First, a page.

Who is Charles Robert Richet? Information on Charles Robert Richet biography, life story, works, contributions and writings.
Charles Robert Richet; (1850-1935), French physiologist, who founded the study of allergic disorders. He was awarded the 1913 Nobel Prize in physiology or medicine in recognition of his work on anaphylaxis; a severe allergic reaction.
Born in Paris, on Aug. 26, 1850, Richet received a degree in medicine from the University of Paris in 1877 and was professor of physiology there from 1887 to 1927. Richet worked as a scientist in several fields outside the usual confines of physiology, wrote novels and plays, was an active pacifist, and toward the end of his life developed an interest in parapsychology. He died in Paris on Dec. 4, 1935.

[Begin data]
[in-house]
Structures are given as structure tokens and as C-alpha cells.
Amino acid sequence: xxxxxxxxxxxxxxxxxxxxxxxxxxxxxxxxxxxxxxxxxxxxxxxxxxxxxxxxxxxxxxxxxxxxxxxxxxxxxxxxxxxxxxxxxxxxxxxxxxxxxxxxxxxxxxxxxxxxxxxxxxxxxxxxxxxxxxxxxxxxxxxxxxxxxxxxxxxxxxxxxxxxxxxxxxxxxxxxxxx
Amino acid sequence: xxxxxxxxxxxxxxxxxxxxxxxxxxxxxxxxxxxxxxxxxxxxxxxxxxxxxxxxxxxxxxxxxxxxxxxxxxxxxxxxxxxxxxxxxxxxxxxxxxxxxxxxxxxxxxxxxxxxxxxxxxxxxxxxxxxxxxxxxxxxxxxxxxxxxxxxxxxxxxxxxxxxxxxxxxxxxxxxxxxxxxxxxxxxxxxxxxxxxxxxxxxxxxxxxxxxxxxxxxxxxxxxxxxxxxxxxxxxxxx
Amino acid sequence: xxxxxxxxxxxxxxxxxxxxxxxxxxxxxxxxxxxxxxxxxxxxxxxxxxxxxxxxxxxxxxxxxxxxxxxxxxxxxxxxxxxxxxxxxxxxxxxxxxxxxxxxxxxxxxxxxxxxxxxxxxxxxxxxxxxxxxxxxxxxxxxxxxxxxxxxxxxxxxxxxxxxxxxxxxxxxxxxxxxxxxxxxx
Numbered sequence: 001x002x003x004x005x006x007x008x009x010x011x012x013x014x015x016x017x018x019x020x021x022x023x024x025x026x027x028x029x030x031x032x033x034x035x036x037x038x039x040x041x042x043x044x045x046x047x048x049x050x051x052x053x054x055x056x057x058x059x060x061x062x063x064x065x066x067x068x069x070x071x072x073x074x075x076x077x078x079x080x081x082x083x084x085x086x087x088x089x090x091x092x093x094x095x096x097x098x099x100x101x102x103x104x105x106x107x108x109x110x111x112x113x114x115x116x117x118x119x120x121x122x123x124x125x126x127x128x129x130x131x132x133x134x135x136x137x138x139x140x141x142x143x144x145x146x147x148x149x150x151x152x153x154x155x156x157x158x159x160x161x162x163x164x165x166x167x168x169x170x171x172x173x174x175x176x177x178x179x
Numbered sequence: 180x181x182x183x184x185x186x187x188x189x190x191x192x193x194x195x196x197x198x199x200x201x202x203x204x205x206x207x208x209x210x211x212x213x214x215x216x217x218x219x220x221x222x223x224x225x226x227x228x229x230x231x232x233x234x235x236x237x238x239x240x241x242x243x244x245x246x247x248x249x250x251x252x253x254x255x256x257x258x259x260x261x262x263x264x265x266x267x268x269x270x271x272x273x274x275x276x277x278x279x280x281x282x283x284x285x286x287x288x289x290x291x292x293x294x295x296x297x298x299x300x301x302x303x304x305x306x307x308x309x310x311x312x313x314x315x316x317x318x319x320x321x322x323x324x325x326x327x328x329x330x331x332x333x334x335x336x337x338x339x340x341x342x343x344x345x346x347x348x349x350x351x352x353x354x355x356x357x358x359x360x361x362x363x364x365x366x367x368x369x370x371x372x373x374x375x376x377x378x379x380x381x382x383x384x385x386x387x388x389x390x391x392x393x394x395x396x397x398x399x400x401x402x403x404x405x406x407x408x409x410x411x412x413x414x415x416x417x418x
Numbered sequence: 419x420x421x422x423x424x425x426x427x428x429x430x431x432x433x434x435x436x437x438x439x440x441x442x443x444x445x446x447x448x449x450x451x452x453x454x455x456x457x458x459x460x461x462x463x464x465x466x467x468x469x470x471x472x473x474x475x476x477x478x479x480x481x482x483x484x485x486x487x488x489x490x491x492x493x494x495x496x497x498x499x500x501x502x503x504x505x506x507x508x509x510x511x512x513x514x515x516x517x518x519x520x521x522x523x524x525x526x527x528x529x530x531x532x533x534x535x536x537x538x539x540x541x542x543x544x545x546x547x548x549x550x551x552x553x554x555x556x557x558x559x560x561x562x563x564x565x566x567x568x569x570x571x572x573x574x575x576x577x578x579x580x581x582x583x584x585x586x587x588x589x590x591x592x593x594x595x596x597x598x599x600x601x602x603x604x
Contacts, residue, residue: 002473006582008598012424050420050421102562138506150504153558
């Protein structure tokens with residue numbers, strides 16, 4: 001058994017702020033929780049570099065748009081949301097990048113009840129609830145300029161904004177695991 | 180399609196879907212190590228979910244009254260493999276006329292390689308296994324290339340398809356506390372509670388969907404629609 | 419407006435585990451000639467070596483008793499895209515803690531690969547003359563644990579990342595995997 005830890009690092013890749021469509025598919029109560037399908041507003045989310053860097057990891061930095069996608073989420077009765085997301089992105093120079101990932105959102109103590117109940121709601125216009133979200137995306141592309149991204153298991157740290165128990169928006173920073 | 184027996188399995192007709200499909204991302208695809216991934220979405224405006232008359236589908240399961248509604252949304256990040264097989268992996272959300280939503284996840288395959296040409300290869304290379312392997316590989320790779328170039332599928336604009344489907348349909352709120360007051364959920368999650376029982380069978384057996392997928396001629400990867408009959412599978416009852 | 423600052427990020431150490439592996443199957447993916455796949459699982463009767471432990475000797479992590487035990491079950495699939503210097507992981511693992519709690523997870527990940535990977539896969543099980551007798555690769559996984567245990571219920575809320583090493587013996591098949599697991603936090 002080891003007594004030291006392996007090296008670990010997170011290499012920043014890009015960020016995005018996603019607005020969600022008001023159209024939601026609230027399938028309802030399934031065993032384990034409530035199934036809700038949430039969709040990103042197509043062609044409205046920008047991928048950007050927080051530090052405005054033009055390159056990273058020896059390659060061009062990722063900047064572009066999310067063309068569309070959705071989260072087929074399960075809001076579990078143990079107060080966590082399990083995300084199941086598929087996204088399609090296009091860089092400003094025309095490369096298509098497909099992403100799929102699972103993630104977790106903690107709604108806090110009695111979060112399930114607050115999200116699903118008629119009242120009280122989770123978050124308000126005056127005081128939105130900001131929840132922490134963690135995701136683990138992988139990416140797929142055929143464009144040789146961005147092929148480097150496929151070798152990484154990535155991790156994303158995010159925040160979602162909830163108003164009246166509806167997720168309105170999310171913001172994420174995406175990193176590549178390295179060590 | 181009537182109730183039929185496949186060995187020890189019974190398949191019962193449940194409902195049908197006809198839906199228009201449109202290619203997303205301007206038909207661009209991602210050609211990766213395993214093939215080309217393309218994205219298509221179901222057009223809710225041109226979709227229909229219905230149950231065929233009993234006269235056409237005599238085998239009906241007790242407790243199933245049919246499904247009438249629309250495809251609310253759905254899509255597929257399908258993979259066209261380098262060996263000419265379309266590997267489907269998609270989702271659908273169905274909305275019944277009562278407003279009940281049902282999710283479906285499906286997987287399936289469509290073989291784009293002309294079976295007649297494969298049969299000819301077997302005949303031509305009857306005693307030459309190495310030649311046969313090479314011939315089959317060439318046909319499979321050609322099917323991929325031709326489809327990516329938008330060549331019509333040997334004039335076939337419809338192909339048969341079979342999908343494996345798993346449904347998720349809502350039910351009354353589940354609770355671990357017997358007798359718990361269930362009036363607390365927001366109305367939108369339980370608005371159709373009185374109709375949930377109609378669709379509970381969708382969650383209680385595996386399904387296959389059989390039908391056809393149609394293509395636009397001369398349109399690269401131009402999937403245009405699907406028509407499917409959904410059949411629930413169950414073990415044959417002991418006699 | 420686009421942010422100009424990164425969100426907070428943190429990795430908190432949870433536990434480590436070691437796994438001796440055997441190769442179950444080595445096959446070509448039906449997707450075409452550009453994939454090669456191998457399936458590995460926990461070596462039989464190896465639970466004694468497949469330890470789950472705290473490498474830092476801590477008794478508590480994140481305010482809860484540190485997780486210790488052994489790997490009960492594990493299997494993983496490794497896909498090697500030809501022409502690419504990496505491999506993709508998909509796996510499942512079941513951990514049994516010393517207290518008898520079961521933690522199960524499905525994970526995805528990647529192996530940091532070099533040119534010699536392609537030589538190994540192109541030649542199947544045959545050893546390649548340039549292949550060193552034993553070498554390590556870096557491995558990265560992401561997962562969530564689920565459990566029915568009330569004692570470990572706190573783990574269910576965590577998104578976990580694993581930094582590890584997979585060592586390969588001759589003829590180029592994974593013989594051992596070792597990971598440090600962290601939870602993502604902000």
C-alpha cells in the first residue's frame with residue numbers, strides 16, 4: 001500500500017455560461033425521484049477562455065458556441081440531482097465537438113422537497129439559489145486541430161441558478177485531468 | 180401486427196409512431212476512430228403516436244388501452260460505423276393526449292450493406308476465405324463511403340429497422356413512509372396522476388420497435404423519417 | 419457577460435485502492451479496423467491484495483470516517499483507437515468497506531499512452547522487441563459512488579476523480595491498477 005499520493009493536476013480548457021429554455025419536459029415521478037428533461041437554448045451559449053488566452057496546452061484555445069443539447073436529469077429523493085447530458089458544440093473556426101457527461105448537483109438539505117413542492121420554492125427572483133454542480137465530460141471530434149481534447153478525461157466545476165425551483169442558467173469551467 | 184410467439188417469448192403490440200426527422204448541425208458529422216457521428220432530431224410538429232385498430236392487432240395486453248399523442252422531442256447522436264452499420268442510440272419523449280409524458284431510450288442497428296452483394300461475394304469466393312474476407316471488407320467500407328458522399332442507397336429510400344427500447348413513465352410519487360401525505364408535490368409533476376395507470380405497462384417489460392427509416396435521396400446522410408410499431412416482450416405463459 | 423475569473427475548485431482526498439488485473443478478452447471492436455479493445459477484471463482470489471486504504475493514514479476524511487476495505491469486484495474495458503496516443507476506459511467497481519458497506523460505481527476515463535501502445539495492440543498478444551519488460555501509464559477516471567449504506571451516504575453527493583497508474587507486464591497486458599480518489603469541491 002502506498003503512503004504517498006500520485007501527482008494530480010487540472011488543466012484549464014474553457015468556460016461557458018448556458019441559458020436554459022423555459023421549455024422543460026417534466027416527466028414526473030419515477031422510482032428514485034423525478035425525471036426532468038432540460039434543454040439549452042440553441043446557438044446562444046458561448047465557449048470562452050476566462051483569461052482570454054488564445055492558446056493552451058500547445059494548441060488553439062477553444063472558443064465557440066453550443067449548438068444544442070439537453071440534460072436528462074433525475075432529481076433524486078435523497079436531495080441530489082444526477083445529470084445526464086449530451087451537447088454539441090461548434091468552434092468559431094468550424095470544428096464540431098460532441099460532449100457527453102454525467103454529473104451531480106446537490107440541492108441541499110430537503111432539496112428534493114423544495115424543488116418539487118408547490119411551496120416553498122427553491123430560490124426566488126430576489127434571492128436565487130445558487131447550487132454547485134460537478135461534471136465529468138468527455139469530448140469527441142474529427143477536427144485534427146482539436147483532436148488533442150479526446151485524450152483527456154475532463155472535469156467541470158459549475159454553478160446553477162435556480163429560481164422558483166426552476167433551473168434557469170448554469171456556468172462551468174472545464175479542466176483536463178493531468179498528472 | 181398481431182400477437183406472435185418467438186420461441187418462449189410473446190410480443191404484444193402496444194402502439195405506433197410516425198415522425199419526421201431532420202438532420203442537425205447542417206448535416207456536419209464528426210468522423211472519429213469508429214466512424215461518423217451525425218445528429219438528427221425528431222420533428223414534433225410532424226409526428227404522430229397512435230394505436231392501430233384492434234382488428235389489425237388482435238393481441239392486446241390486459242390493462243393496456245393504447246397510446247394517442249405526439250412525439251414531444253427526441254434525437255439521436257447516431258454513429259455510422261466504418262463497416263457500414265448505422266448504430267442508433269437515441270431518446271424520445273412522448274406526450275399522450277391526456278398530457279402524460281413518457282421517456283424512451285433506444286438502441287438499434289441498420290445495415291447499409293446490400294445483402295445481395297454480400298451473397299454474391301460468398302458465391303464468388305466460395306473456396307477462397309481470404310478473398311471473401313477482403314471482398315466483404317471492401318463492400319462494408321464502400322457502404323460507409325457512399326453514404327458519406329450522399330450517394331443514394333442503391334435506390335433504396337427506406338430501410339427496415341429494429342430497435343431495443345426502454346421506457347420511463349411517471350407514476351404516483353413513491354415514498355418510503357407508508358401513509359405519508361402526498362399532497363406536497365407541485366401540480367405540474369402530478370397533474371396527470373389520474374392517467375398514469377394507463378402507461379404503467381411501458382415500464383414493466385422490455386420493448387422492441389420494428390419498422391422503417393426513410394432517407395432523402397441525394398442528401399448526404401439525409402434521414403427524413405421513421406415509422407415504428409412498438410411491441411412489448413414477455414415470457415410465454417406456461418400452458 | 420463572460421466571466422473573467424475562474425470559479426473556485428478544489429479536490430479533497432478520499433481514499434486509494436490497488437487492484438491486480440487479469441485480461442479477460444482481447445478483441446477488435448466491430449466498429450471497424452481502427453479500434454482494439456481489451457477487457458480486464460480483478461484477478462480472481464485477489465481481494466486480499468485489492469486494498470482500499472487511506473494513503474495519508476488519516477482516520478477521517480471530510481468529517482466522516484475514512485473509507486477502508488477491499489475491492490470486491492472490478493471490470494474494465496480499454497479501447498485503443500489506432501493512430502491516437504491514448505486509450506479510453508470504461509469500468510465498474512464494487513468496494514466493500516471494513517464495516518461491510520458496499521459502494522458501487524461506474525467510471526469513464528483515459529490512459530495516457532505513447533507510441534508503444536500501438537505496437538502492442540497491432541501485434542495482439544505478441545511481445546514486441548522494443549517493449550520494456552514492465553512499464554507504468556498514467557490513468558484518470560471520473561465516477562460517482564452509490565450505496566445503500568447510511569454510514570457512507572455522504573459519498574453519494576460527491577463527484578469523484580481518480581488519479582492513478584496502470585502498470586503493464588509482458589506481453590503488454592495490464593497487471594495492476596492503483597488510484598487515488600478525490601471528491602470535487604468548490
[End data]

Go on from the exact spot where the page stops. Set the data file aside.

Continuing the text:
Charles Robert Richet arrived at the concept of anaphylaxis during experiments to determine the toxic dose of poison extracted from the tentacles of the sea anemone. Hé found that dogs that recovered from an initial dose of the toxin were so sensitized that they reacted with extreme symptoms to even a tiny second dose. Further investigation of the phenomenon, which Charles Robert Richet called anaphylaxis, showed that it had characteristic symptoms of its own, which are not related to the symptoms produced by the initial injection of toxin.